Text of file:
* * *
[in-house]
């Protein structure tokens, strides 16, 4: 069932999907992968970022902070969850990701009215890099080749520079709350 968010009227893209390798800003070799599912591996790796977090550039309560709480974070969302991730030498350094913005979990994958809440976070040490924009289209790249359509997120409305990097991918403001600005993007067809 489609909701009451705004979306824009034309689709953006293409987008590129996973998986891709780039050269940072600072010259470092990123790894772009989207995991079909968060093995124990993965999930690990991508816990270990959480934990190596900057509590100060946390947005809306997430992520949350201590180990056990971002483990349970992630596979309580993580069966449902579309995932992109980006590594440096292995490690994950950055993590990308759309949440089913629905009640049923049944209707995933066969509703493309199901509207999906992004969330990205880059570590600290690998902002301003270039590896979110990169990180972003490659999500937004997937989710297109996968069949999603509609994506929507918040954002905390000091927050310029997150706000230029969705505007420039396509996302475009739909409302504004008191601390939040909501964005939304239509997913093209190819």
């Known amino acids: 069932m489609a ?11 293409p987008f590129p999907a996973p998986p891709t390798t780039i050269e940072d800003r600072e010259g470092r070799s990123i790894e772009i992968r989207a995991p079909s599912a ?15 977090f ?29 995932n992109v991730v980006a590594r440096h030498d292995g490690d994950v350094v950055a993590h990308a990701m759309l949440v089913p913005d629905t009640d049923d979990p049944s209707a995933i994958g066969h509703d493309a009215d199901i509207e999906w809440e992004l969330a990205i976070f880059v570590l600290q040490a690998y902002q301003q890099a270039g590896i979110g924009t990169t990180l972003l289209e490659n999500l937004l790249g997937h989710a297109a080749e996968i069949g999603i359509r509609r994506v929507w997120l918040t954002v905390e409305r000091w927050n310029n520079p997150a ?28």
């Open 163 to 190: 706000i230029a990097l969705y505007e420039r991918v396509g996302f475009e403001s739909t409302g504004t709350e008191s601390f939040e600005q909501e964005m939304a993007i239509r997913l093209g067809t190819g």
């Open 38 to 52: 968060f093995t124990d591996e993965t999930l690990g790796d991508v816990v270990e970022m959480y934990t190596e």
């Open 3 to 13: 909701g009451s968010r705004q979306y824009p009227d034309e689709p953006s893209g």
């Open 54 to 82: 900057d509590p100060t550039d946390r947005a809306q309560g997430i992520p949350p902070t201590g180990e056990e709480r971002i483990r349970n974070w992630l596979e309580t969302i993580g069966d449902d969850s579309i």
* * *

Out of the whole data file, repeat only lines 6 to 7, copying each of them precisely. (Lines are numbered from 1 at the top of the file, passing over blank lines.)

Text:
């Open 3 to 13: 909701g009451s968010r705004q979306y824009p009227d034309e689709p953006s893209g």
């Open 54 to 82: 900057d509590p100060t550039d946390r947005a809306q309560g997430i992520p949350p902070t201590g180990e056990e709480r971002i483990r349970n974070w992630l596979e309580t969302i993580g069966d449902d969850s579309i």